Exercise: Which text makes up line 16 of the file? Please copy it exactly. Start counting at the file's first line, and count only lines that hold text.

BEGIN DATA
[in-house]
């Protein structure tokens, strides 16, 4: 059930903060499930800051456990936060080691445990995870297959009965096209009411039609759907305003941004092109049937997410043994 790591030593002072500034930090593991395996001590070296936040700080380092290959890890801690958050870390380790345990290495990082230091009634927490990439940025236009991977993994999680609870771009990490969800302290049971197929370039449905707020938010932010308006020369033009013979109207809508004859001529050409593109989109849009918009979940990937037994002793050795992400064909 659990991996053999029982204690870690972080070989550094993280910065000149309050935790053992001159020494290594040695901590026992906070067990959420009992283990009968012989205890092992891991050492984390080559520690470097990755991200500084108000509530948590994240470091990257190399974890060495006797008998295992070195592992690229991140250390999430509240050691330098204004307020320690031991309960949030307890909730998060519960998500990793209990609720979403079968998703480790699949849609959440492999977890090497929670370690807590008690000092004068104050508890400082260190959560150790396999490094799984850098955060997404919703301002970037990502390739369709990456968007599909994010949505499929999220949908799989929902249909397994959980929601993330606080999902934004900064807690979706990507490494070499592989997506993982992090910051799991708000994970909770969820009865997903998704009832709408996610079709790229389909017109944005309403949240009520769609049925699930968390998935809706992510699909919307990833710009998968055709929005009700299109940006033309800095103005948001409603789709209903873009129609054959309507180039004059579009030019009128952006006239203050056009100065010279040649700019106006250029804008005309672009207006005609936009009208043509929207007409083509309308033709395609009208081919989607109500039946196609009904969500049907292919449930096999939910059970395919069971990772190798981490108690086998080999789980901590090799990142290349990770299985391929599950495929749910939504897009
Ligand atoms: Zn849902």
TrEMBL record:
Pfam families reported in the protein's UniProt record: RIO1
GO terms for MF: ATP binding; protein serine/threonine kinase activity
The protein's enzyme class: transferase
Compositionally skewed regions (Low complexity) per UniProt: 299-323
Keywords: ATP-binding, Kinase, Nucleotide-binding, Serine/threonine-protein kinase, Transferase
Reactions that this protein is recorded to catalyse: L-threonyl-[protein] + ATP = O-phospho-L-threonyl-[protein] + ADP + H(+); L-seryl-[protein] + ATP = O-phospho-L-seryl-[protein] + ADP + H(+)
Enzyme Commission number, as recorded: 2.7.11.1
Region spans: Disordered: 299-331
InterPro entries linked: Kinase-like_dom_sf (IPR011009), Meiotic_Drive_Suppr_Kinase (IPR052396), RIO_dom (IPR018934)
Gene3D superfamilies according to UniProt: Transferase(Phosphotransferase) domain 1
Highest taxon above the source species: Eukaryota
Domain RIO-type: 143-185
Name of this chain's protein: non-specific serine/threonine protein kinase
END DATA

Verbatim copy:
Domain RIO-type: 143-185